| Family First Feature |

King to Pawn?

As elderly parents age, adult children usually become increasingly involved in their parents’ care. A sensitive look at a challenging situation

One morning after breakfast, Yosef decided to run some errands. He took the car. Under normal circumstances, this would be unremarkable, but Yosef had cancer, and he was taking pain medication that impaired his cognitive ability. He ended up in a fender bender and was taken by ambulance to the hospital for minor injuries. Thankfully, no one else was hurt. After that, his wife refused to be in the car if he was driving, and she offered to be the designated driver.

“He was outraged,” recalls his stepdaughter, Bayla. “He insisted he was perfectly capable of driving, and refused to capitulate, even though it was downright scary to drive with him. His reflexes were so poor that he made jagged, abrupt moves while driving, and sometimes slammed on the brakes in the middle of the highway.”

Bayla’s parents fought for weeks about the car issue, with her stepfather insisting he was still competent behind the wheel, and her mother claiming the opposite. It fell to Bayla to convince her stepfather to give up driving.

“I had to play the bad guy,” says Bayla. “I had little ones at the time and I told my stepfather, very gently, that I loved him dearly but that I was terrified of his driving and and that if, chas v’shalom, anything happened while my kids were in the car, I didn’t know if I’d ever be able to forgive myself for letting him drive them. So I made a firm rule that if we were all together, only me, Mom, or my husband could drive.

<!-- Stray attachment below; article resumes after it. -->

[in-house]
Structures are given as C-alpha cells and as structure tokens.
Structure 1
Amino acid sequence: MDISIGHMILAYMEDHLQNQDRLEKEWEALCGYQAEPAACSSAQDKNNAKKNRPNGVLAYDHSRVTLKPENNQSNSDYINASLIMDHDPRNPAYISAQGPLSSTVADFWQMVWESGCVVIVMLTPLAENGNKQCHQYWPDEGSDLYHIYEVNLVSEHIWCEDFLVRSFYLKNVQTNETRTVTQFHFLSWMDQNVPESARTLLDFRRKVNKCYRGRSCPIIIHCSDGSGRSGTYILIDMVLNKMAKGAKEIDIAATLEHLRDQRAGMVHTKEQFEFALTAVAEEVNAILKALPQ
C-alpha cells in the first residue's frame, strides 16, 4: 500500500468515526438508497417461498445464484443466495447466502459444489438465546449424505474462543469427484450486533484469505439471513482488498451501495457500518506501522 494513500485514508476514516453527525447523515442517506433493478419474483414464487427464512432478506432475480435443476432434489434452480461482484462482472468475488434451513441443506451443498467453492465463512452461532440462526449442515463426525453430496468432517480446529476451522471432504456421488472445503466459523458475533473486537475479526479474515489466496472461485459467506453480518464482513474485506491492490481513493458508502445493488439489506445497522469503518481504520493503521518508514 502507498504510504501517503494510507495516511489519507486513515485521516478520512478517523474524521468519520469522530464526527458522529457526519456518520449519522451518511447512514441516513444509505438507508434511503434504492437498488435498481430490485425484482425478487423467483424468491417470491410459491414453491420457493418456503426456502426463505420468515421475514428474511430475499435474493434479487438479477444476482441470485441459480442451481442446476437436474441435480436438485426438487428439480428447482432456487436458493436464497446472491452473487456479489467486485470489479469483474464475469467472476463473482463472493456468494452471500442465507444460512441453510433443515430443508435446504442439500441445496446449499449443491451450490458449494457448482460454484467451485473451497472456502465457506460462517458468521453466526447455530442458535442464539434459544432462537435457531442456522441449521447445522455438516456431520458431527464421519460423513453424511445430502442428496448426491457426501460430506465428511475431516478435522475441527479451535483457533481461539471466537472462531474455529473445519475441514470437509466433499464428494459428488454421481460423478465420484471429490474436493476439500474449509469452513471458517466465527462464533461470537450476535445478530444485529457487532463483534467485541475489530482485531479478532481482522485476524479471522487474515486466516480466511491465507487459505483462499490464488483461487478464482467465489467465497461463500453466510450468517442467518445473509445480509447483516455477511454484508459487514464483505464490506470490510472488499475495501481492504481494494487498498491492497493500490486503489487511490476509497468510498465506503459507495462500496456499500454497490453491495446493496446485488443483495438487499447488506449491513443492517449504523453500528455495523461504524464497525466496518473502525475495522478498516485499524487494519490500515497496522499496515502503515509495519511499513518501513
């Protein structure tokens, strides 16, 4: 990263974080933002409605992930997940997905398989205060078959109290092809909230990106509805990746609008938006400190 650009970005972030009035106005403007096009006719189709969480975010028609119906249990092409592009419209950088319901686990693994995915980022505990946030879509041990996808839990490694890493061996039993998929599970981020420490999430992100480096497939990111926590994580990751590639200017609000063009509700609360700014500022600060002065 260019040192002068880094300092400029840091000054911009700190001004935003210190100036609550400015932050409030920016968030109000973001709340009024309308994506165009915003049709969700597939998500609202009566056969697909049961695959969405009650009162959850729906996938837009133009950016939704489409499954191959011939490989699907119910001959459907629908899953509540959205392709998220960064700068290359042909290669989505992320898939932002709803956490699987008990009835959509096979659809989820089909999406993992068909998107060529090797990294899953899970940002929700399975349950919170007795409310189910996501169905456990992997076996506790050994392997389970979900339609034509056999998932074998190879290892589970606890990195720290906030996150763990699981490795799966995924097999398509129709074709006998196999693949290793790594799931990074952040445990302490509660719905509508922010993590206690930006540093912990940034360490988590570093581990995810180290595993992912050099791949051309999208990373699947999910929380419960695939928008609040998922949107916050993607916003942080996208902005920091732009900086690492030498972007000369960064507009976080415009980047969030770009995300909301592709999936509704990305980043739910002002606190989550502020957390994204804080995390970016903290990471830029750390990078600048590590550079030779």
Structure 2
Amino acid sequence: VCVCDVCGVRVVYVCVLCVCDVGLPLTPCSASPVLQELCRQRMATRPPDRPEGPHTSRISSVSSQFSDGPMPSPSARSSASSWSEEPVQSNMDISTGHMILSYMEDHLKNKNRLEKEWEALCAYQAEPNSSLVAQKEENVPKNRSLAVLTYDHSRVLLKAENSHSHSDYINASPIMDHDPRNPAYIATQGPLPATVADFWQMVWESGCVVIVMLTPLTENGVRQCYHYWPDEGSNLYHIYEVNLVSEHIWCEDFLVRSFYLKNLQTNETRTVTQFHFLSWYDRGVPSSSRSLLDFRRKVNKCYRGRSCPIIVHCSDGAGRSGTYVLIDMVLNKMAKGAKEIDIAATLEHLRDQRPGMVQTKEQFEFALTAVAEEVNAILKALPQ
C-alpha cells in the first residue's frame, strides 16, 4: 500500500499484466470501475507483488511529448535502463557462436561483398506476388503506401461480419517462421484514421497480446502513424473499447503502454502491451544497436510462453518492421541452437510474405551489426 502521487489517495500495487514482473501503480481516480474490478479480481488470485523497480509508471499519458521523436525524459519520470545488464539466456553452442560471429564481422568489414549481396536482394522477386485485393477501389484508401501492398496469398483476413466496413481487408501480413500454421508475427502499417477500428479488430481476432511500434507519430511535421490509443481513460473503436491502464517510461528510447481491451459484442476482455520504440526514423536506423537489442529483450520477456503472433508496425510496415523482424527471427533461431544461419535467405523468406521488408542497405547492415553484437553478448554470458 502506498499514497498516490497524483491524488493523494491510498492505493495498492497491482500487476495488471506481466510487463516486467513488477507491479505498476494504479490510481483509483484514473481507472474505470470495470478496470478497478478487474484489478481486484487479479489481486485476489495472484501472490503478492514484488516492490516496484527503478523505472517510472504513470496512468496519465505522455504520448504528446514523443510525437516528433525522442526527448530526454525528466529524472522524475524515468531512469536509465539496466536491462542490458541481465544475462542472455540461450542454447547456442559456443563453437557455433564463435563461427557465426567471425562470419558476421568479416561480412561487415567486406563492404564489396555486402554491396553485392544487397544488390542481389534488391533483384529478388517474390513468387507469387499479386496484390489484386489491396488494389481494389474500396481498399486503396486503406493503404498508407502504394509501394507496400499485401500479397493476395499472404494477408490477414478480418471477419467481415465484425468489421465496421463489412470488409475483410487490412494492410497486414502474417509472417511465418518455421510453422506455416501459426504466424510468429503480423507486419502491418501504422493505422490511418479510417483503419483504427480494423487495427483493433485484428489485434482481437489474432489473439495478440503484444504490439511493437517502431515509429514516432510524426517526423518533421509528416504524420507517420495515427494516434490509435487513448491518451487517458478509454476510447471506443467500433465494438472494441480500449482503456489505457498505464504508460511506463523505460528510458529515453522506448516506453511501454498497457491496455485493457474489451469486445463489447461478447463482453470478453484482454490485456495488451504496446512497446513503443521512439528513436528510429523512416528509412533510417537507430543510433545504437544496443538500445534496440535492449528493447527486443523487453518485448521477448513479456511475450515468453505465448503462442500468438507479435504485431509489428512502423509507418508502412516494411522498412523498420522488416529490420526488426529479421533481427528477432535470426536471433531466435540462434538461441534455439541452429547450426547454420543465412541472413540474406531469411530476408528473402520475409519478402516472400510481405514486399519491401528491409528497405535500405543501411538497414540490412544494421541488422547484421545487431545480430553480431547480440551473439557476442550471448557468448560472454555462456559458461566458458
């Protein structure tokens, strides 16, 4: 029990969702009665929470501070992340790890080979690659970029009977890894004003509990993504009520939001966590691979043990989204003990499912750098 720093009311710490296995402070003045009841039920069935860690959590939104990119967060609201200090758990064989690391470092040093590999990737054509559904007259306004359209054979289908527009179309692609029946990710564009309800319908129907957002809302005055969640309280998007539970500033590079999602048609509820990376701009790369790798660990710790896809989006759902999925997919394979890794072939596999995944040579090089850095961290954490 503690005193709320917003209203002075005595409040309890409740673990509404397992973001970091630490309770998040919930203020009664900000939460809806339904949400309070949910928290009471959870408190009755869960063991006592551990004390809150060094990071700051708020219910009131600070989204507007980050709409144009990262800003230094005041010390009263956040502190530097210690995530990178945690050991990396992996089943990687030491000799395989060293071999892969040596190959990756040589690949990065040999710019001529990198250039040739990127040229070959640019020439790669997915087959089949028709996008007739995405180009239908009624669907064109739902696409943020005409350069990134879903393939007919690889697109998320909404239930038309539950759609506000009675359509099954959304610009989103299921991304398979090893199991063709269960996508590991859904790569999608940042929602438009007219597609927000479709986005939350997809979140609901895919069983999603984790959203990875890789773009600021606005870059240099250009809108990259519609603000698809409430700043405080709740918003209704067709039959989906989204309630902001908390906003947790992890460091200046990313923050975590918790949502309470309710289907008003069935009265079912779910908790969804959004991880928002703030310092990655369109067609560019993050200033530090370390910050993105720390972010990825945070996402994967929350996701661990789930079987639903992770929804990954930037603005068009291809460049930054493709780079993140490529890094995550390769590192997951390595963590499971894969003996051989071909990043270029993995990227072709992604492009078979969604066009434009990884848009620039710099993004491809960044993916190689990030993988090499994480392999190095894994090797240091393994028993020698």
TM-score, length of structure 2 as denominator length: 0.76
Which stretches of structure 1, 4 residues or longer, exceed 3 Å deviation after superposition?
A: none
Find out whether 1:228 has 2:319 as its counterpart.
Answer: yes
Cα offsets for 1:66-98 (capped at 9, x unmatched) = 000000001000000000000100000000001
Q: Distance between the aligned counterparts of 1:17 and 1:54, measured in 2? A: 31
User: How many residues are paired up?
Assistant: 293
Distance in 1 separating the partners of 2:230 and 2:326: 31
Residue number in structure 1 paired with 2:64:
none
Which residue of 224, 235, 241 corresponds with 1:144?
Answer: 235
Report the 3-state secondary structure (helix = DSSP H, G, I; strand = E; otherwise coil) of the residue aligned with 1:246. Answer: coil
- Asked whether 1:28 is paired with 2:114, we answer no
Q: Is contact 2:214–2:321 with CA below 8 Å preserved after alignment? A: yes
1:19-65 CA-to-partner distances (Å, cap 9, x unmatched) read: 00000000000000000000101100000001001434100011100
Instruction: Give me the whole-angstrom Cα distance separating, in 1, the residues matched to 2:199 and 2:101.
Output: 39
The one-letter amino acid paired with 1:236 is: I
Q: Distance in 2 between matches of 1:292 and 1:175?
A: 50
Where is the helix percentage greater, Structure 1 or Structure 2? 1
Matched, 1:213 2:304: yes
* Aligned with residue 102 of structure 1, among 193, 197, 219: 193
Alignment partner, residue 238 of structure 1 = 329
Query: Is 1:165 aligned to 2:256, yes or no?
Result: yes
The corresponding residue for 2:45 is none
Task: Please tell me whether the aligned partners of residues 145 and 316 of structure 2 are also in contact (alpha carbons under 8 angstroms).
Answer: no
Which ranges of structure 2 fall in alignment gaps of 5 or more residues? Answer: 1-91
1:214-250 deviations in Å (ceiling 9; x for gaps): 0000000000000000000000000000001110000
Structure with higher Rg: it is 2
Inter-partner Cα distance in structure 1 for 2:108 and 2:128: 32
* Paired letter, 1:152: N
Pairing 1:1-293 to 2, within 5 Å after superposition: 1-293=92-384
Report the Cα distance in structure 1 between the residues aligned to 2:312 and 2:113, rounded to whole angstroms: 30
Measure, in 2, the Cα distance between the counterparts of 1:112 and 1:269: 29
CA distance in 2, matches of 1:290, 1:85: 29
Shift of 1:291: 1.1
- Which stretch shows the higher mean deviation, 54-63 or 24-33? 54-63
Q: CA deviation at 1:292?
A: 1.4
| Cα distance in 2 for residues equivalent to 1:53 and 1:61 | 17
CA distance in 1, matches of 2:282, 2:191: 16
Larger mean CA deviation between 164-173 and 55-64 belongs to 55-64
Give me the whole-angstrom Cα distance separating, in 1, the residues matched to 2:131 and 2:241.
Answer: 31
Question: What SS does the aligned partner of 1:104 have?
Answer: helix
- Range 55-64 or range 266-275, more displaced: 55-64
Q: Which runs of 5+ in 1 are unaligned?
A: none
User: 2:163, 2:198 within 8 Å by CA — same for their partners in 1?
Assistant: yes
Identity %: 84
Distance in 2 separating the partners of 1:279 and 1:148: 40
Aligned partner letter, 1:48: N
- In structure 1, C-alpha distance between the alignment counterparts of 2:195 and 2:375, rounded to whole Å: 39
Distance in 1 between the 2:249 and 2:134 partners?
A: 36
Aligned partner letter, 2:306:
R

“Dad was so upset, he almost started crying. I wish I knew a better way to go about it, but how are you supposed to communicate with someone who refuses to admit that he’s no longer capable of doing what he’s done so well and so masterfully for decades?”

This is a conundrum experienced by many people with aging parents, many of whom have health issues that cannot be ignored. As the aging population continues to grow — in the United States, more than 10,000 people turn 65 every day — we can only expect these questions to become more prevalent and urgent.

Many adult children already play an active role in the lives of their aging parents. According to a 2015 Pew Research Survey, 60 percent of respondents with a parent over the age of 65 have helped out with errands, home repair, or housework. But a situation could become increasingly complicated when parents ignore medical advice, and put their health in jeopardy, or, like Yosef, make decisions that can place others in danger.

What is my role in this? many adult children wonder. Is my priority keeping my parents healthy and safe? Or is my role to respect the boundaries of my parent, and take a step back?

It takes sensitivity and skill — and guidance from a rav — to know how to navigate the hurdles. And the first step is trying to understand what it feels like to be in the parent’s shoes.

(Excerpted from Family First, Issue 680)

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